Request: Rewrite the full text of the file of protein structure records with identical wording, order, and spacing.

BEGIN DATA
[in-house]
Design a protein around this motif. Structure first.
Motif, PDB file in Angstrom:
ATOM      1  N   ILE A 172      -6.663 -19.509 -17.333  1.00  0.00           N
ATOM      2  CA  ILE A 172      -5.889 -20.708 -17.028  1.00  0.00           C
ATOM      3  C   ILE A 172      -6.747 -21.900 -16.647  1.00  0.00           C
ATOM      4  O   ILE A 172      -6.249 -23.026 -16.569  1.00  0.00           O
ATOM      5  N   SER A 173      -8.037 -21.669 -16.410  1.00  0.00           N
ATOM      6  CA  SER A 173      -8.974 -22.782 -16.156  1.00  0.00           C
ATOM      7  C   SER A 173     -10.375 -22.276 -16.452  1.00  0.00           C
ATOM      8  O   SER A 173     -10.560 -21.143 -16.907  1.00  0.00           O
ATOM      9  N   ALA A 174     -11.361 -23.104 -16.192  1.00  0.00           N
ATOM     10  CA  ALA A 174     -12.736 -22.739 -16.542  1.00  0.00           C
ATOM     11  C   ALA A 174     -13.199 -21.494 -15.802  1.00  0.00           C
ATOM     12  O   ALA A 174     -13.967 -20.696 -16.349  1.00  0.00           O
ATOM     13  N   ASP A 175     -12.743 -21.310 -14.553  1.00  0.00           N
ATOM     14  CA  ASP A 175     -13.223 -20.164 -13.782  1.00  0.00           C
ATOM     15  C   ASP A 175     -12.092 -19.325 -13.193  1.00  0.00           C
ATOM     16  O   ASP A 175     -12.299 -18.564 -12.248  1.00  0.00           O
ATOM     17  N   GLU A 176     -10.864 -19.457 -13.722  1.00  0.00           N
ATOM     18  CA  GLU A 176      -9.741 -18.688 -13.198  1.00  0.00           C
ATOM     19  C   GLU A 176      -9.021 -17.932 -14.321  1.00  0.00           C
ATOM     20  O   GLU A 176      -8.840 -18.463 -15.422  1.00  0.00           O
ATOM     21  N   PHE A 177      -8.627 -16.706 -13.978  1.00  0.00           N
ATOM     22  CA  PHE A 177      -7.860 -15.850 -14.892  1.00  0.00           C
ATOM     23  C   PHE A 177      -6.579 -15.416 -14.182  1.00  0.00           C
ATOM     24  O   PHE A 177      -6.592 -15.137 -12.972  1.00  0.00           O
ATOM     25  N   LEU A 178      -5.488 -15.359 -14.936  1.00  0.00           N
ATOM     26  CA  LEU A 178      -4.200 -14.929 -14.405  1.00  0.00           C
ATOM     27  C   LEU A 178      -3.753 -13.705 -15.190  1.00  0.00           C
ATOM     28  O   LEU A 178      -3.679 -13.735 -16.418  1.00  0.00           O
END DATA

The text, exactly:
[in-house]
Design a protein around this motif. Structure first.
Motif, PDB file in Angstrom:
ATOM      1  N   ILE A 172      -6.663 -19.509 -17.333  1.00  0.00           N
ATOM      2  CA  ILE A 172      -5.889 -20.708 -17.028  1.00  0.00           C
ATOM      3  C   ILE A 172      -6.747 -21.900 -16.647  1.00  0.00           C
ATOM      4  O   ILE A 172      -6.249 -23.026 -16.569  1.00  0.00           O
ATOM      5  N   SER A 173      -8.037 -21.669 -16.410  1.00  0.00           N
ATOM      6  CA  SER A 173      -8.974 -22.782 -16.156  1.00  0.00           C
ATOM      7  C   SER A 173     -10.375 -22.276 -16.452  1.00  0.00           C
ATOM      8  O   SER A 173     -10.560 -21.143 -16.907  1.00  0.00           O
ATOM      9  N   ALA A 174     -11.361 -23.104 -16.192  1.00  0.00           N
ATOM     10  CA  ALA A 174     -12.736 -22.739 -16.542  1.00  0.00           C
ATOM     11  C   ALA A 174     -13.199 -21.494 -15.802  1.00  0.00           C
ATOM     12  O   ALA A 174     -13.967 -20.696 -16.349  1.00  0.00           O
ATOM     13  N   ASP A 175     -12.743 -21.310 -14.553  1.00  0.00           N
ATOM     14  CA  ASP A 175     -13.223 -20.164 -13.782  1.00  0.00           C
ATOM     15  C   ASP A 175     -12.092 -19.325 -13.193  1.00  0.00           C
ATOM     16  O   ASP A 175     -12.299 -18.564 -12.248  1.00  0.00           O
ATOM     17  N   GLU A 176     -10.864 -19.457 -13.722  1.00  0.00           N
ATOM     18  CA  GLU A 176      -9.741 -18.688 -13.198  1.00  0.00           C
ATOM     19  C   GLU A 176      -9.021 -17.932 -14.321  1.00  0.00           C
ATOM     20  O   GLU A 176      -8.840 -18.463 -15.422  1.00  0.00           O
ATOM     21  N   PHE A 177      -8.627 -16.706 -13.978  1.00  0.00           N
ATOM     22  CA  PHE A 177      -7.860 -15.850 -14.892  1.00  0.00           C
ATOM     23  C   PHE A 177      -6.579 -15.416 -14.182  1.00  0.00           C
ATOM     24  O   PHE A 177      -6.592 -15.137 -12.972  1.00  0.00           O
ATOM     25  N   LEU A 178      -5.488 -15.359 -14.936  1.00  0.00           N
ATOM     26  CA  LEU A 178      -4.200 -14.929 -14.405  1.00  0.00           C
ATOM     27  C   LEU A 178      -3.753 -13.705 -15.190  1.00  0.00           C
ATOM     28  O   LEU A 178      -3.679 -13.735 -16.418  1.00  0.00           O